Nevada is a very popular and somewhat hyped state when it comes to forming LLCs. A Nevada LLC is formed when the Nevada Secretary of State approves the submitted Articles of Organization. But of course, there are more steps and finesse involved in knowing how to form an LLC in Nevada.
Here are the things to keep in mind when forming an LLC in Nevada.
1. Choosing The Nevada LLC Name
If you’re ready to start an LLC, you probably have a name in mind already. However, it’s equally important to see if you can use that name in the state. Nevada requires LLCs to have names that are unique and distinguishable from other business entities on record.
This means you can’t use a name that is the same as, or very similar to, another entity already registered with the state of Nevada. Start by checking the name availability using the Nevada Secretary of State business name database. This will give you a good idea of whether the name is available or if problematic similar names exist.
It’s also useful to check the USPTO website for possible trademark issues or infringements.
NV LLC Name Designators
Every LLC in Nevada must end its name with a proper designator. The most popular choice is LLC, but the following options are available as well:
- Limited-Liability Company
- Limited Liability Company
- Limited Company
Nevada allows the word Limited to be abbreviated to Ltd. and Company to be abbreviated as Co. This means you can also use Ltd. Liability Co., Limited Liability Co., or similar variations for the designator.
Name Reservation Request (Optional)
You can temporarily reserve a name for your LLC in Nevada without fully setting up an LLC. Once approved, name reservations are valid for 90 days. The filing fee for this form is $25. This, and related forms are available on the SoS website.
Several filings can be completed online using the state’s SilverFlume business portal.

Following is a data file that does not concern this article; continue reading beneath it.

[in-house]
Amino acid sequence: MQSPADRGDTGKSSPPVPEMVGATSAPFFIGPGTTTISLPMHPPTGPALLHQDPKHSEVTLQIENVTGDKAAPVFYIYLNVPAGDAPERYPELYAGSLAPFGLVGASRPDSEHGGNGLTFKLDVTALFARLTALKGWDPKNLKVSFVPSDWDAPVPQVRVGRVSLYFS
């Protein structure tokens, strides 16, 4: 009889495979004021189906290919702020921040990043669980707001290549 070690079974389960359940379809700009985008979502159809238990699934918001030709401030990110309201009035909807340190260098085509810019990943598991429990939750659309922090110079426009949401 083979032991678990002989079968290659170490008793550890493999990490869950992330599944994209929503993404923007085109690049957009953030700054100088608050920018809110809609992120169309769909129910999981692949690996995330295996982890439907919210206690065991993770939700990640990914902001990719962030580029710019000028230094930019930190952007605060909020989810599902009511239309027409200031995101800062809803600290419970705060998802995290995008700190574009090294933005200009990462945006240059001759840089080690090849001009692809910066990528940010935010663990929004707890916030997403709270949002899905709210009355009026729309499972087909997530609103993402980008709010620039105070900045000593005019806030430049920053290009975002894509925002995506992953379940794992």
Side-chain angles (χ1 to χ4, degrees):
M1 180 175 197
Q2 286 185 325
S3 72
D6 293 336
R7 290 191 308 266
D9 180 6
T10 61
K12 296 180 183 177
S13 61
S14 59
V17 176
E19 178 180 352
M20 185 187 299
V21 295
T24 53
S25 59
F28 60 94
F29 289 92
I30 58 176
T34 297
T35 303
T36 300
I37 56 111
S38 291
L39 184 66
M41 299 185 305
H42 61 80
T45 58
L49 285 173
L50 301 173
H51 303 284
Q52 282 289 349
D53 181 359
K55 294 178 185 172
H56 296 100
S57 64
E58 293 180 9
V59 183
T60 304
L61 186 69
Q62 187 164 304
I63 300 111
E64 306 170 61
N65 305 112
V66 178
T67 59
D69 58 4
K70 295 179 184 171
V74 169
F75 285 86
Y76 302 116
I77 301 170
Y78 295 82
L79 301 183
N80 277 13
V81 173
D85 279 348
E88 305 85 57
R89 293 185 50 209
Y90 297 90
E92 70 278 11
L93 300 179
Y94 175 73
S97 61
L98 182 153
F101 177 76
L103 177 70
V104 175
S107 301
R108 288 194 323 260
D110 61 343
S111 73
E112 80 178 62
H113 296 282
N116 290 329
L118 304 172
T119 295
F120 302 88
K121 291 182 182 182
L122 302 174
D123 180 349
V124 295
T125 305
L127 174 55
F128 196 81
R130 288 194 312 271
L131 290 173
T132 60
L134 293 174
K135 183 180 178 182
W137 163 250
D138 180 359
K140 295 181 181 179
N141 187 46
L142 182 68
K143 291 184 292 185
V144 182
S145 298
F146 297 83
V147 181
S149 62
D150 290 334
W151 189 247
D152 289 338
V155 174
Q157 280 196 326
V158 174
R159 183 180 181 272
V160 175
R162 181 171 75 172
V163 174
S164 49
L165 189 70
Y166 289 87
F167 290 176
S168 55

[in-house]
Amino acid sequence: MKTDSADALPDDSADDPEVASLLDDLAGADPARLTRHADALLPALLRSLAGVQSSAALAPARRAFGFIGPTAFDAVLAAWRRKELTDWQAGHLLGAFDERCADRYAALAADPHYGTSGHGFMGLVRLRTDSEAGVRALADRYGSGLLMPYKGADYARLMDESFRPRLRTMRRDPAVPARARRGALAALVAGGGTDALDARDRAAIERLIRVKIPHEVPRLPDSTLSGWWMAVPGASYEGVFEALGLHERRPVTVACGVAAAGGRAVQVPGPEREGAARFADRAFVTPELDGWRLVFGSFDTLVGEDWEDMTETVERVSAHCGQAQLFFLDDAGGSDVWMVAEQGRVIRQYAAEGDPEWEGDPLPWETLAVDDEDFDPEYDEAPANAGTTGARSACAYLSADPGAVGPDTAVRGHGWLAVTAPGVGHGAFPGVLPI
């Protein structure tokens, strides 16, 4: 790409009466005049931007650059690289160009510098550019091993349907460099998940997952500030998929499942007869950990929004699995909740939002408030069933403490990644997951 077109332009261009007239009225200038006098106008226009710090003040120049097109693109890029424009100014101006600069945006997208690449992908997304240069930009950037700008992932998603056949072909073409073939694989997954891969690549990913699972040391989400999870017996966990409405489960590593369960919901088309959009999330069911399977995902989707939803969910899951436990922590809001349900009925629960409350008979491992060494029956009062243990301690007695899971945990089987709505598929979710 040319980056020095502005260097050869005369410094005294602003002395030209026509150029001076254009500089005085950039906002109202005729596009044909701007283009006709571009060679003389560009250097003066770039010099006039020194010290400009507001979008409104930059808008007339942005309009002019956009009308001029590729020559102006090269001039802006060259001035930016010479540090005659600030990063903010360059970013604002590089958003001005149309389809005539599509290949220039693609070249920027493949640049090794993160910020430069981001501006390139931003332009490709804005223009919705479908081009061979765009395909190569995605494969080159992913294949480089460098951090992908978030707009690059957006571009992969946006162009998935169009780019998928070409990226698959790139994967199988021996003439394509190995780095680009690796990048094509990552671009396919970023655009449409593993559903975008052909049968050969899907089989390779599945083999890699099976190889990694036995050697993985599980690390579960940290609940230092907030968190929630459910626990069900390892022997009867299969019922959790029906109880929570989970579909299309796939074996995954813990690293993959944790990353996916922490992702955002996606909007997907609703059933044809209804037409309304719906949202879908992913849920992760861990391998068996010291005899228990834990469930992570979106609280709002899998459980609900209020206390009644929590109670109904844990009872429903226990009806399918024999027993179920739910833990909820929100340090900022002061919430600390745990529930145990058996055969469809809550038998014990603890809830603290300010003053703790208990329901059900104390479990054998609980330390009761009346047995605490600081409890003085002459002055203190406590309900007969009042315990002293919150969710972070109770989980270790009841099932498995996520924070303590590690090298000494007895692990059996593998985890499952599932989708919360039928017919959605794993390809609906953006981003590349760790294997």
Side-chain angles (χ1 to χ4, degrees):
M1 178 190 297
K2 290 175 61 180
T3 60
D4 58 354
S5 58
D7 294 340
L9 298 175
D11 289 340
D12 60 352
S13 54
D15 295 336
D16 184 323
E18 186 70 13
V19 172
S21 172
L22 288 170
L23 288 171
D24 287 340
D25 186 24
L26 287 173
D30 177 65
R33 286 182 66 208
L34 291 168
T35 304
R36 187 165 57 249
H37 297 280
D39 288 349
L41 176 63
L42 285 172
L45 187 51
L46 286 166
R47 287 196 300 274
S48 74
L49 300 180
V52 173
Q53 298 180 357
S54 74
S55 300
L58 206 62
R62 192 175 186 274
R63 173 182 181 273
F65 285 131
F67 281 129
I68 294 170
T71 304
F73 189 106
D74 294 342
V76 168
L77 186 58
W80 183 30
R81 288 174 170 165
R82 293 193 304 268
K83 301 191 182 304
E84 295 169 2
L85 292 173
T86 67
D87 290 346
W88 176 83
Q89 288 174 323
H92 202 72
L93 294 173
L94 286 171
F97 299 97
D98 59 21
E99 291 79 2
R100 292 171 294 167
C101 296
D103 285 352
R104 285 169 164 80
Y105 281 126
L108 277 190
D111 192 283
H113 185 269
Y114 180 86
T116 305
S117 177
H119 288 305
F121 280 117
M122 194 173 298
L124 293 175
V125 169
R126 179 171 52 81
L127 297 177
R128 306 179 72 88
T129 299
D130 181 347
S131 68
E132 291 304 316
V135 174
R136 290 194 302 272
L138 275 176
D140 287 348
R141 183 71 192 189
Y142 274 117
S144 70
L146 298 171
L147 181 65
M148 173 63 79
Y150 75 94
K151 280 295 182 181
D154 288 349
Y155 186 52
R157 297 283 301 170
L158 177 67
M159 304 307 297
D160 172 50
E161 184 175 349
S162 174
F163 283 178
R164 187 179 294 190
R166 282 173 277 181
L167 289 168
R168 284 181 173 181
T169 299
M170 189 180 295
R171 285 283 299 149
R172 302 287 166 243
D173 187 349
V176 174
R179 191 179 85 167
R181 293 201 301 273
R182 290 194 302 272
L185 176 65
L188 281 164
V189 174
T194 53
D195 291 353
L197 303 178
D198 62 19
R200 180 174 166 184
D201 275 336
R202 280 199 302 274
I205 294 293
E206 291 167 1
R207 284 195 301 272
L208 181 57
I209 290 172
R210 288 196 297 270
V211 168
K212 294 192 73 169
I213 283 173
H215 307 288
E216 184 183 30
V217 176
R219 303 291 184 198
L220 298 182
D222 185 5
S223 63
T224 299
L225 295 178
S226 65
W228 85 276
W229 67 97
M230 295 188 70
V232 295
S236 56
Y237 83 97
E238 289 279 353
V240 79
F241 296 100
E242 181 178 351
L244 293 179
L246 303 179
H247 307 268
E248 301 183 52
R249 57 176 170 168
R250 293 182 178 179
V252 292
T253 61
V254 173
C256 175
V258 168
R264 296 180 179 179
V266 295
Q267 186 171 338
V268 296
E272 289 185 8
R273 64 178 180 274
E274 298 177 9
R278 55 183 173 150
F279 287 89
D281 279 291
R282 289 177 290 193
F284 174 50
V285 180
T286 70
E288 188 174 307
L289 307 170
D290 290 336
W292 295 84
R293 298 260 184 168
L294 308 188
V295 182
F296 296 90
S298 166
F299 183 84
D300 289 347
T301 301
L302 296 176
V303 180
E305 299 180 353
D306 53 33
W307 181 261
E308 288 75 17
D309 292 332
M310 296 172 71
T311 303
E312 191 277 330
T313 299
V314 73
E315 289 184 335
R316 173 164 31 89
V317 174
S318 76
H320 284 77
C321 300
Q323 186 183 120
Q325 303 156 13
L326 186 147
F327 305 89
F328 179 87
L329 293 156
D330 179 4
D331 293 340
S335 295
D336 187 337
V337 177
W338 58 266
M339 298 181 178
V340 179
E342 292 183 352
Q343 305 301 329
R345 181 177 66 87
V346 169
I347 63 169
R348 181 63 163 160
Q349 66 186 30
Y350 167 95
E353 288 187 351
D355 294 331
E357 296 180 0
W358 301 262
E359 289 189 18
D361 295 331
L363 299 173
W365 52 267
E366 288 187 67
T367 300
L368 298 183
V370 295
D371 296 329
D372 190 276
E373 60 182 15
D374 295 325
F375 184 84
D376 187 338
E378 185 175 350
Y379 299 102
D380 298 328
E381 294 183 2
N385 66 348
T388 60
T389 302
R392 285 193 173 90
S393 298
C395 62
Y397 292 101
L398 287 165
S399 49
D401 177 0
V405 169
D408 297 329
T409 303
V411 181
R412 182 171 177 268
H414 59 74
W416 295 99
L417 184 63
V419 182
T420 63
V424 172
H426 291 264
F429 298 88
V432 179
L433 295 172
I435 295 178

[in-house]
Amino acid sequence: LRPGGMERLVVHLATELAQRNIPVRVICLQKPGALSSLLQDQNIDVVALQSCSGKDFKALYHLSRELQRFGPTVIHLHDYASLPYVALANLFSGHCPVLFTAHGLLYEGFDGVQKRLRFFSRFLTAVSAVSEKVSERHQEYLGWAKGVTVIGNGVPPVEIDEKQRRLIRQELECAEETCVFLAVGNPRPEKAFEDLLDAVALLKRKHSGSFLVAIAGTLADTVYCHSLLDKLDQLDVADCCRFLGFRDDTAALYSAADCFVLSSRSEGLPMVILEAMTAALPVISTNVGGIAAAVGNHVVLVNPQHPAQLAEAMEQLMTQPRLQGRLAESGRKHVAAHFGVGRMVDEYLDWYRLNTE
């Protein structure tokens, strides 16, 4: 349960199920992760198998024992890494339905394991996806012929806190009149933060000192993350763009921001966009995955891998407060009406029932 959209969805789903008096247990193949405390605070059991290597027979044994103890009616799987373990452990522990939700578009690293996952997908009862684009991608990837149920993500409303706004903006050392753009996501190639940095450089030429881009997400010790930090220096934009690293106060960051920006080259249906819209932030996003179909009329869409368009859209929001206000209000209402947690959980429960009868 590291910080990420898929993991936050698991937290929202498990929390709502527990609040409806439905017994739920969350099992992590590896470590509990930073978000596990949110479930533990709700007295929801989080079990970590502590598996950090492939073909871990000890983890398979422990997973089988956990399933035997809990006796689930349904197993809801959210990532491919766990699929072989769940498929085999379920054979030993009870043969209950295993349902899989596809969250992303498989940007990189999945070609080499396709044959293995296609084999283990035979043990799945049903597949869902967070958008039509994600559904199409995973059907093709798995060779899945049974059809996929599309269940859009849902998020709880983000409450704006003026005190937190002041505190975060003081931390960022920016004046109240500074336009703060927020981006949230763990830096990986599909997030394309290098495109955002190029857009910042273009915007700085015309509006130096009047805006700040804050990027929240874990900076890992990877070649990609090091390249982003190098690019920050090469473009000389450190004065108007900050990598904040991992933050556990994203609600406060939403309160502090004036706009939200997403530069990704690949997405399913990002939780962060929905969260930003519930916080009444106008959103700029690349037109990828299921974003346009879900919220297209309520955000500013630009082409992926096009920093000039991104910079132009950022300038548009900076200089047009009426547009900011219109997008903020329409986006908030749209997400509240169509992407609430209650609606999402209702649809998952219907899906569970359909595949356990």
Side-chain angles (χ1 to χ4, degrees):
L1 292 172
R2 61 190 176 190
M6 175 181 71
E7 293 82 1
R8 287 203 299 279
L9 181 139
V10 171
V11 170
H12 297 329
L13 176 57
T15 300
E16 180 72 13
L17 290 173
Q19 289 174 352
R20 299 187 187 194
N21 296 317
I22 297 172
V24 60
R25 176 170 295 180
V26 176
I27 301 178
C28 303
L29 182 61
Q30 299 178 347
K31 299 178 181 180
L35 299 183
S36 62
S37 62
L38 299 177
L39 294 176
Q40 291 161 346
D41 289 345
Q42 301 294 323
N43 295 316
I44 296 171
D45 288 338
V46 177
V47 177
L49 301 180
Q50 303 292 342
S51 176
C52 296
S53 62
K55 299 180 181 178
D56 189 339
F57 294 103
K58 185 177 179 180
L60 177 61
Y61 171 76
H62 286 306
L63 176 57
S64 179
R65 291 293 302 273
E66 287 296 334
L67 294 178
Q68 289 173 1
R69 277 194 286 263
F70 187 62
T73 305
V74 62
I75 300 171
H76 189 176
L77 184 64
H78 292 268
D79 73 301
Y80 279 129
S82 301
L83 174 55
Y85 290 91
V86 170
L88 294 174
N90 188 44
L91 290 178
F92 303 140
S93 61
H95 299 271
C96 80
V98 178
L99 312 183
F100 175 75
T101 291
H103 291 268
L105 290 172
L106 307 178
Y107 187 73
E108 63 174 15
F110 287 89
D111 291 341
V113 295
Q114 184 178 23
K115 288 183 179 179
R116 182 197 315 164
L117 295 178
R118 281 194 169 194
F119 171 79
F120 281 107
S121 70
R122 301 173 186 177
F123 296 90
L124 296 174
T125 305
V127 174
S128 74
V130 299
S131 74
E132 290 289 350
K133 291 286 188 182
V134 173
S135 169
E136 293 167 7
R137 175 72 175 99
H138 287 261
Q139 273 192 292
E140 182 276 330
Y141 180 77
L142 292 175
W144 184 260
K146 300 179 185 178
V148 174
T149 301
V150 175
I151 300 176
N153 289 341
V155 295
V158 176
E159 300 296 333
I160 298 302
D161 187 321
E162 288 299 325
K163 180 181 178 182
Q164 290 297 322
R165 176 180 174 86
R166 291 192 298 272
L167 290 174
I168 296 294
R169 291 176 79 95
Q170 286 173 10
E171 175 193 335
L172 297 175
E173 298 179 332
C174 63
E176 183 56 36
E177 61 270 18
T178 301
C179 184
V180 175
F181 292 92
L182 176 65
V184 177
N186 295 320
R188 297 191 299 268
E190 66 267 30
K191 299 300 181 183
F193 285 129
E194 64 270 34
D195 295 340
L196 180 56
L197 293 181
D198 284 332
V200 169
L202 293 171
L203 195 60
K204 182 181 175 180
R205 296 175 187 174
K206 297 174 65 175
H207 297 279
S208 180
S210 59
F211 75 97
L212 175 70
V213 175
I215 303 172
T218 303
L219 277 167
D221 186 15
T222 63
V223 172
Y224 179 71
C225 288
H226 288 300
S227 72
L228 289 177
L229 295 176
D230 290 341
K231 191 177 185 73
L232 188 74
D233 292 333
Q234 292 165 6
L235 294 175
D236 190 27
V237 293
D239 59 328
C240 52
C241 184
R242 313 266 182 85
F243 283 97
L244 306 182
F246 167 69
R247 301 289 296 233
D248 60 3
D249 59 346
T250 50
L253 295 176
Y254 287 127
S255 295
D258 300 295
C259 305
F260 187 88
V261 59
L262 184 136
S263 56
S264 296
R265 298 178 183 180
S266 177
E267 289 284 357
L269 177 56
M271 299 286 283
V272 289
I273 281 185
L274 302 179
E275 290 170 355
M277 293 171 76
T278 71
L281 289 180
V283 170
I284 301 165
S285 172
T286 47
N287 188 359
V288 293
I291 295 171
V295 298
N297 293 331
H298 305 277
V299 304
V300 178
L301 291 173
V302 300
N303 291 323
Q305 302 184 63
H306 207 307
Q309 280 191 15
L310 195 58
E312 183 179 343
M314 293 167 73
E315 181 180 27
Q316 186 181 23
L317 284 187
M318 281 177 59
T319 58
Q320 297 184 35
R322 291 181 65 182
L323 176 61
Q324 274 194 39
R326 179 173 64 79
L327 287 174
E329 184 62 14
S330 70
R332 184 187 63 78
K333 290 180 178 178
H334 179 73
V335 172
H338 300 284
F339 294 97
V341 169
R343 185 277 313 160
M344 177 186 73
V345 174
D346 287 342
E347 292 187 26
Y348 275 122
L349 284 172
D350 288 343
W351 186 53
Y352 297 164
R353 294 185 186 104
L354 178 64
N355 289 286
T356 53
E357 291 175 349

Using A Fictitious Business Name (Optional)
Foreign LLCs (companies not native to Nevada) may sometimes need to use a fictitious business name to operate in Nevada. There can be several reasons for this, including the original business name not being available in Nevada. One way around this problem is to use a fictitious business name, also called assumed name or trade name.
To put it simply, your LLC would be DBA (Doing Business As) its assumed name. Using a fictitious name requires registering the name with the county clerk of the county where your LLC is doing business. Each county can have its own specific fees and requirements, so it’s best to check with the local requirements.
2. Appointing A Registered Agent In Nevada
LLCs in Nevada are required to have a Registered Agent for service of process in the state. Legal documents like lawsuits, summons, and subpoenas for the LLC get delivered to the registered agent.
Registered Agents must have a physical street address in Nevada. Alternatives like PO Box addresses aren’t accepted. It is also useful if the agent can maintain conventional working hours, in case the service of process arrives.
Given these requirements, the Nevada LLC Registered Agent can be:
- Any individual who is a resident of the state
- A business entity authorized to do business in Nevada
The business entities also include commercial registered agents. These are a popular option for many people forming an LLC in Nevada, mostly because they can professionally handle the requirements.
3. Filing Nevada Articles Of Organization
A Nevada LLC comes into existence once its Articles of Organization get approval from the Secretary of State. It’s possible to file the Articles of Organization online or through postal mail. The cost of filing the Articles of Organization is $75. However, Nevada also requires filing additional forms with the Articles of Organization, so the actual cost is higher.